Toronto FC will host a home playoff game at BMO Field... how sweet does that sound?
With that said, however, there was still 90 minutes of action to break down at BMO Field, so here are four things we noticed shortly after the match Sunday afternoon.
When Toronto FC coach Greg Vanney announced his starting XI, one thing that stood out to me was that midfielder Marky Delgado would be playing as a No. 10 in a 4-2-3-1 formation, with Jonathan Osorio sliding into Delgado’s usual spot next to captain Michael Bradley as a holding midfielder. While Delgado may not have the playmaking arsenal that some of the other TFC passers do from that position on the field — like Alejandro Pozuelo or Nicolas Benezet — he was able to still release Jozy Altidore with some through balls while serving his main purpose at that void: winning the ball back.
TFC have instilled this defending gameplan lately, and it has seemed to cause significant problems for several teams. The Reds will wait for the ball to get into their opposition’s holding midfielder, take away the pass back, and then pounce. Every pass after the original pass into the holding midfielder is closed down aggressively with a sprint from a TFC player, and for the most part has resulted in the Reds winning the ball back.
All of that starts with Marky Delgado — TFC’s best player at winning the ball back — playing higher in the midfield in order to put pressure and trap the opposition’s holding midfielder.
Was that Seba, or…?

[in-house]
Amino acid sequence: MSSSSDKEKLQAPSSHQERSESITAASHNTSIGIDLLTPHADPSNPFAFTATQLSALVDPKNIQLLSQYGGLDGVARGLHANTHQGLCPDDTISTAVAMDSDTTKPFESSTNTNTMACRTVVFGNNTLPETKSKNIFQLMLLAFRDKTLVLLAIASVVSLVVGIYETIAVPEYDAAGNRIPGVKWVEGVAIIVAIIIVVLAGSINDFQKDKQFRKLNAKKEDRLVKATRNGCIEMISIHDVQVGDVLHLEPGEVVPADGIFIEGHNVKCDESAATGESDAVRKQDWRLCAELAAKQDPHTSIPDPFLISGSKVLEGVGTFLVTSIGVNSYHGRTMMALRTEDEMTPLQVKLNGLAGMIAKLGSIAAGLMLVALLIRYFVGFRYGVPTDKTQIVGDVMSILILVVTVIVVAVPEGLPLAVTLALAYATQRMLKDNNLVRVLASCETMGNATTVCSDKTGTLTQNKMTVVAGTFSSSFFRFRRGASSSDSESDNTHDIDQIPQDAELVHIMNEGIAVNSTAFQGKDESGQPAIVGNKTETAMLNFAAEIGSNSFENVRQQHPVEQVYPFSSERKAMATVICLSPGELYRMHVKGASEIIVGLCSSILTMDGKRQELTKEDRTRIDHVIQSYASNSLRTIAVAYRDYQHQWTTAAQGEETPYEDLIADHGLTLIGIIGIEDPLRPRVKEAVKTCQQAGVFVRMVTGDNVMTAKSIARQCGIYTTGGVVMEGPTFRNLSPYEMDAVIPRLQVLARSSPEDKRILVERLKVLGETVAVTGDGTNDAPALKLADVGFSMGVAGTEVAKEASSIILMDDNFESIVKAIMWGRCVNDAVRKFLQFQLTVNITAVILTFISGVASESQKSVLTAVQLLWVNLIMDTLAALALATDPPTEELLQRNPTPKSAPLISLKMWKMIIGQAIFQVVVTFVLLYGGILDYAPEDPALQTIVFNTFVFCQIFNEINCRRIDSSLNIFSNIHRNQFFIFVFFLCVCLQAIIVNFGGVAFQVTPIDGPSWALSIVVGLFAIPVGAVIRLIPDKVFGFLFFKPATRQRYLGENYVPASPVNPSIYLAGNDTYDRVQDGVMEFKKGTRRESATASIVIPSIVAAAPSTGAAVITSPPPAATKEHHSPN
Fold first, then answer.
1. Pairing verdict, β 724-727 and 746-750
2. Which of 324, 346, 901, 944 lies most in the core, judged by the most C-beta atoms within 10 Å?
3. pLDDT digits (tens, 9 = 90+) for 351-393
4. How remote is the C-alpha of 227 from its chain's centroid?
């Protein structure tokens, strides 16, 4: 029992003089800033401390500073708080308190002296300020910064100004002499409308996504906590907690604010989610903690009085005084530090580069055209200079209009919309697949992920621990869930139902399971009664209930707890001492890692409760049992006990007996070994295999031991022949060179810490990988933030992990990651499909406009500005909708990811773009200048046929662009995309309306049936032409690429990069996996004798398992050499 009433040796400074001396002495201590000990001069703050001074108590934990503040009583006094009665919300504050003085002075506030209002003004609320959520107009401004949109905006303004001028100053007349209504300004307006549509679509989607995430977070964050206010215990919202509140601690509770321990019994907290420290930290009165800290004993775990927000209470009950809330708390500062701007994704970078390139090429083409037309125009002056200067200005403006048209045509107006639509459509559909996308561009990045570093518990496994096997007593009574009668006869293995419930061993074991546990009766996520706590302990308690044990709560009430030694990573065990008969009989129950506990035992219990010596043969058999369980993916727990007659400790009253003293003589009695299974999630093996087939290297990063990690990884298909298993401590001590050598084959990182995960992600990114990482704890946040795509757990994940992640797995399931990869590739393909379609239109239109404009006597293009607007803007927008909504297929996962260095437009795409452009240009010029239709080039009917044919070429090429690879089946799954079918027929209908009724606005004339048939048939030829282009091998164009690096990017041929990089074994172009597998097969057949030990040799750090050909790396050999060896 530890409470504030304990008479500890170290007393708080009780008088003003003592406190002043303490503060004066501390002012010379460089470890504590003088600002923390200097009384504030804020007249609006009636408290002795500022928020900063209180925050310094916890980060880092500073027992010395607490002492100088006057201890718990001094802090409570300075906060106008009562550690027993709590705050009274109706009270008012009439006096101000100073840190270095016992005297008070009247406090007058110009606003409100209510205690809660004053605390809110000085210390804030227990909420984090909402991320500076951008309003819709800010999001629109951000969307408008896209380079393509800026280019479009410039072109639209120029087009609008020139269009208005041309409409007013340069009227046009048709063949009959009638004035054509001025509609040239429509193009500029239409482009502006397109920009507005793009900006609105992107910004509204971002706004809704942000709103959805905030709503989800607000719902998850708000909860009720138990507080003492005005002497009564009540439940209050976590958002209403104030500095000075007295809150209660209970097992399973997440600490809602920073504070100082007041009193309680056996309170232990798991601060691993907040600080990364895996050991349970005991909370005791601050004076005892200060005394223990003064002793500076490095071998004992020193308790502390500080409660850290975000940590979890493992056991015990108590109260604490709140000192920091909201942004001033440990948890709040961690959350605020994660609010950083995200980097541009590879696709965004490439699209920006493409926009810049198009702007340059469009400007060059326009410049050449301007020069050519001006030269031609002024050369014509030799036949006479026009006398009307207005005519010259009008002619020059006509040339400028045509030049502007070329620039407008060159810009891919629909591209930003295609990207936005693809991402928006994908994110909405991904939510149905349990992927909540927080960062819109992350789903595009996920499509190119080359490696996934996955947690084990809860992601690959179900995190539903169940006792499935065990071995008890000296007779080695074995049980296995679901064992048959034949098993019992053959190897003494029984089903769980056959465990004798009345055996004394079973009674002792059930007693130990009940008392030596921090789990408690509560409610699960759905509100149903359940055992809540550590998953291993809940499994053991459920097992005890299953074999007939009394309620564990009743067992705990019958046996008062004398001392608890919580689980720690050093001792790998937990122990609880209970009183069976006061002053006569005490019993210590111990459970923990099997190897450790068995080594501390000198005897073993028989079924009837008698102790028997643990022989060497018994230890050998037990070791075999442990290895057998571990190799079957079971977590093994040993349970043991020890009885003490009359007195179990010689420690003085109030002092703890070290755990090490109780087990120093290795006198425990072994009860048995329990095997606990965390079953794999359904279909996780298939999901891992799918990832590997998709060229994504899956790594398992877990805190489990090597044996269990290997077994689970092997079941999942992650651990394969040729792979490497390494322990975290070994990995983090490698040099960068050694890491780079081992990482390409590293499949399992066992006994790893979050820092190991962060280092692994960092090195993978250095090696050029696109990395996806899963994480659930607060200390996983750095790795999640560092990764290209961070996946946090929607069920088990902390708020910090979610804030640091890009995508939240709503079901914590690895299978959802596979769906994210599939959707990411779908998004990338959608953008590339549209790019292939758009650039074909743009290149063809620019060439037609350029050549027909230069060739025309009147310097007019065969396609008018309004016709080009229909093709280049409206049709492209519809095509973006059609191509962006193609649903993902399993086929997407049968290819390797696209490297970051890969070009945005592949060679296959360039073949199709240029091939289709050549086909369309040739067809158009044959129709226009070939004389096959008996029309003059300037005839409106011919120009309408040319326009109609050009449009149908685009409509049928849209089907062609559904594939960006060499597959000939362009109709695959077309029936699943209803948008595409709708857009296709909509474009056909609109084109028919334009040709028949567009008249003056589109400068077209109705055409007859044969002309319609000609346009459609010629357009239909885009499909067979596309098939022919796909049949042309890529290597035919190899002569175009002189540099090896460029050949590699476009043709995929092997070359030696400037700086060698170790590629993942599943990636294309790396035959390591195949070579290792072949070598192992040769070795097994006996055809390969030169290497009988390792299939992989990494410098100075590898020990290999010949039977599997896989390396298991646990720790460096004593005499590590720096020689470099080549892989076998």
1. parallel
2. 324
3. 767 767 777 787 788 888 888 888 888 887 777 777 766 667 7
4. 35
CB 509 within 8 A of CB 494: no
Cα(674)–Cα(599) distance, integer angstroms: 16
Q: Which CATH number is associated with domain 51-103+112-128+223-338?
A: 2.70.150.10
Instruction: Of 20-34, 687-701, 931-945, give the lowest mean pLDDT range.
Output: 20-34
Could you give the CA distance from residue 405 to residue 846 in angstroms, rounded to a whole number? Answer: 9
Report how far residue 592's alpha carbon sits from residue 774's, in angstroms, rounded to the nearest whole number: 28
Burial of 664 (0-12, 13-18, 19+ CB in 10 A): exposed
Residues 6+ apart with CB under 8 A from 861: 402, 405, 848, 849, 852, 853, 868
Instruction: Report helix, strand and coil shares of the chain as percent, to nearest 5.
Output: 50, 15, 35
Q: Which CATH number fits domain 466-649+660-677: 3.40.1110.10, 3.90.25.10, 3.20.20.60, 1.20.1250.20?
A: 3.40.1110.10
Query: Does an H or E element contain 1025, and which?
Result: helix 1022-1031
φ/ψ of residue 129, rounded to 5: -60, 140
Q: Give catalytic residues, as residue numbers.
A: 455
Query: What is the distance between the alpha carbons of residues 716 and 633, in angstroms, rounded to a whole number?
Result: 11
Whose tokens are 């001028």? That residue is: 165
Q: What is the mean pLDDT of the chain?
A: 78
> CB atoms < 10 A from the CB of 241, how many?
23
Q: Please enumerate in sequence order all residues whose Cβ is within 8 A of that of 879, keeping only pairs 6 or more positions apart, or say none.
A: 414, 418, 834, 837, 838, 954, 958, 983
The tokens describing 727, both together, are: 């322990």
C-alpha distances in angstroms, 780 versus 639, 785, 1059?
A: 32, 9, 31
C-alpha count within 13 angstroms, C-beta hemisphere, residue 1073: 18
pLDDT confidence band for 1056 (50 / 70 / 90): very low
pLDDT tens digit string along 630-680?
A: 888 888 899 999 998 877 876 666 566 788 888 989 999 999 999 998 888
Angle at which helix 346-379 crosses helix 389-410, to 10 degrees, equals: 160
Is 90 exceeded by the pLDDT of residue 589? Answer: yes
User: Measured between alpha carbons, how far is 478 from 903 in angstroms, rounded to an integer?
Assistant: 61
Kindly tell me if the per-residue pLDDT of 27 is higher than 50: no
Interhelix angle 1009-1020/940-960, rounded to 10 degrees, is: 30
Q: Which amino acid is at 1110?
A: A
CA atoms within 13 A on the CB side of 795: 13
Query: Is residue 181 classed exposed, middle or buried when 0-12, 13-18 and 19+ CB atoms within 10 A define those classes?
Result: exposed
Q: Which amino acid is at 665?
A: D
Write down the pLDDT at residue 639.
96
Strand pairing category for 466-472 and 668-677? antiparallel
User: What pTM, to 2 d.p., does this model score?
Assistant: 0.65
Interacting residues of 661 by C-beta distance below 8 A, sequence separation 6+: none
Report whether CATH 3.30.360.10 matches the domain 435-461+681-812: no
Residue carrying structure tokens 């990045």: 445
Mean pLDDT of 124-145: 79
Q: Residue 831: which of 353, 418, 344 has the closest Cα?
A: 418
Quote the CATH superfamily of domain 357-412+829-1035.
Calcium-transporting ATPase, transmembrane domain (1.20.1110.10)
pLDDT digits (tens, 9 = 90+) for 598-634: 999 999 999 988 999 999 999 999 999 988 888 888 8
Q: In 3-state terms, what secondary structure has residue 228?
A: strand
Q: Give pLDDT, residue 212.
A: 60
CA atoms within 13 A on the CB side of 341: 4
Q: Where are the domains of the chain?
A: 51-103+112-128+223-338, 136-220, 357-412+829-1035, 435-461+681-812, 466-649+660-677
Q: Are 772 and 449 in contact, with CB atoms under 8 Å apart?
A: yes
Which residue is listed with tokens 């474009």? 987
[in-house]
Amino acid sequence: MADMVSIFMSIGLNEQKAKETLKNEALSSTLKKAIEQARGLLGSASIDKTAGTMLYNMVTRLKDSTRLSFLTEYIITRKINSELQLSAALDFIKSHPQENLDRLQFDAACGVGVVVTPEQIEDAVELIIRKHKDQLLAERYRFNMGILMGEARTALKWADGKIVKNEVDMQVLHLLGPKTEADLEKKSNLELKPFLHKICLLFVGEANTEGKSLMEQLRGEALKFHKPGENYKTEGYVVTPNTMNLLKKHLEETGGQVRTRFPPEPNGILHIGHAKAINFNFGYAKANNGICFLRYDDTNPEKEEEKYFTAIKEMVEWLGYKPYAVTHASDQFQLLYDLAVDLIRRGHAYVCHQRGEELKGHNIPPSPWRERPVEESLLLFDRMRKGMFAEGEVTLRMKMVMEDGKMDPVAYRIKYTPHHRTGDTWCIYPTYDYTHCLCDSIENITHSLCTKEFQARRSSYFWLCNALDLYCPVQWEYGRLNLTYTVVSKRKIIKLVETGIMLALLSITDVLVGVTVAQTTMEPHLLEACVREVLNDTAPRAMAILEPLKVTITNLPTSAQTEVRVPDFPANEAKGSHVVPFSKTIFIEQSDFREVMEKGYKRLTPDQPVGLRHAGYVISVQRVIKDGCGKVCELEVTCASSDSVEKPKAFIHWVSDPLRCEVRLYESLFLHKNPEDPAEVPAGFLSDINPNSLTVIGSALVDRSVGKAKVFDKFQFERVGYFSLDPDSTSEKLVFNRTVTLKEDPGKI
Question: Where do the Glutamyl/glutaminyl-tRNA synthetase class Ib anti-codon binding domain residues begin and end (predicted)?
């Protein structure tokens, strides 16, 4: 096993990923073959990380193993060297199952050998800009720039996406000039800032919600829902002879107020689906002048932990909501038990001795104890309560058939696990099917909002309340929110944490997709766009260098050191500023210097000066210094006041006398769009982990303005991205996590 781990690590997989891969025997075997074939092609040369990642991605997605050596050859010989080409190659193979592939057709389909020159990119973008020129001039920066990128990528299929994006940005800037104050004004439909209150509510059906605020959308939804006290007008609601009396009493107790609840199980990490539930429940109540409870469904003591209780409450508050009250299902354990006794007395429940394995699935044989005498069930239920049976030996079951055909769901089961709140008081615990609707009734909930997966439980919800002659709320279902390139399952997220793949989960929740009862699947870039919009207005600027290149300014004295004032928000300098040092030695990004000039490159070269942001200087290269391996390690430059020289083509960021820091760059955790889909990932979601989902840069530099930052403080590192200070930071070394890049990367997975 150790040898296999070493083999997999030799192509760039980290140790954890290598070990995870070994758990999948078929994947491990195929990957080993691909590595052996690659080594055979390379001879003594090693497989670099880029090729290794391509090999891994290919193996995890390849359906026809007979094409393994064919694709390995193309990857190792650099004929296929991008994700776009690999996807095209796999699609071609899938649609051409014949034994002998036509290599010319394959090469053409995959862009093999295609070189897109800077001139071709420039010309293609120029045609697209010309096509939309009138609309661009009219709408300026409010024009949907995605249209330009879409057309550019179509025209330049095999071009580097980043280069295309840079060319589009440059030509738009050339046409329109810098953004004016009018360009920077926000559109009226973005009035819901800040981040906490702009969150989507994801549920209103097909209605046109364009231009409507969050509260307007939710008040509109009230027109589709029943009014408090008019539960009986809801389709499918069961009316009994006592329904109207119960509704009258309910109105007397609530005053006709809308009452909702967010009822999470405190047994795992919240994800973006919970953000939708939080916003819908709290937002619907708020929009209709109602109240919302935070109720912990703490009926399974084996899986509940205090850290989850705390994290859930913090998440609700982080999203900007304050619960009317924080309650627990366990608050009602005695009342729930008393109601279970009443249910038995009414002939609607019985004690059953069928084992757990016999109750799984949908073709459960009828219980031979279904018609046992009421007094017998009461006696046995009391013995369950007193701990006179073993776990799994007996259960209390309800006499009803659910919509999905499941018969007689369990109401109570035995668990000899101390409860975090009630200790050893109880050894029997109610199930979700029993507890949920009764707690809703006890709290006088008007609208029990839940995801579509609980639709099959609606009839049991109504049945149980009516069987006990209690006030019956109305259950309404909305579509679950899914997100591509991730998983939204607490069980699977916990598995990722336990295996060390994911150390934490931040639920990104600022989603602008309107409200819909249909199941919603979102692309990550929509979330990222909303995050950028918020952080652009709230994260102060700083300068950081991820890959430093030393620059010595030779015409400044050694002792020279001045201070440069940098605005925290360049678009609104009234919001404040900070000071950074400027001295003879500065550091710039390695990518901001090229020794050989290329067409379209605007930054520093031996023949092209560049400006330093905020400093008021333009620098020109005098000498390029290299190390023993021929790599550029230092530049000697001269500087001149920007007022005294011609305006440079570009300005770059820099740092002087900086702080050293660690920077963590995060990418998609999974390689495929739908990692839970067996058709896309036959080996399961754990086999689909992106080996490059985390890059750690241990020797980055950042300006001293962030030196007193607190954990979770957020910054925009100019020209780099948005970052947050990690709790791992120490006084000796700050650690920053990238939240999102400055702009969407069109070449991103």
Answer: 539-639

When Alejandro Pozuelo put the ball down in the 57th minute to take a dead-centre free kick from roughly 20 yards out, the only thing running through my mind was that if we had Seba, he would’ve nailed this. Now that Seba is gone, Pozuelo is our new set piece specialist, and boy was he able to deliver in a big moment. Reminiscent of Seba’s freekick against Atlanta United on Decision Day a few years ago, the Spaniard stepped up confidently to the ball and elegantly placed it into the back of the net, sending those in the South Stands behind the ball into a frenzy. His celebration, running all the way to half and sliding on his knees, was pretty fun too. Good to see Poz step up in a big moment.
Beating a dead horse
After the match, Alejandro Pozuelo said he would do anything to help the team win. He also mentioned, a few times, that his best position — and most preferred position — would be to play through the middle of the park.
It’s annoying having to reiterate this, but how much more obvious can it be that Pozuelo is not a winger? Despite playing on the right wing isolated from a lot of the action, the Reds felt almost obligated to get their most talented player on the ball, thus his 40 touches (the third most on the team) in the opening 45’. However, most of those touches were “negative” touches, in the sense that they were simple passes back to his defenders after the space in front of him was cut down the line.
The Spaniard slows the game down on the wing, which is fine, but in MLS — and the way that Toronto FC are constructed — you need players who can push the pace down the line, especially during a potentially lethal counter-attack. Again, Pozuelo is best suited as a No. 10, creating in behind Jozy Altidore.
While he wasn’t overly busy in this one, after leaving the game last week with an apparent head injury, Toronto FC goalkeeper Quentin Westberg was essentially perfect Sunday afternoon, bouncing back against the Columbus Crew. When his name was called upon — like his crucial brave clearance in the first half, which caused another collision — the TFC netminder was there. It’s great to see Westberg in form heading into the post-season as he’ll need to be big if TFC want to make another deep run in the playoffs.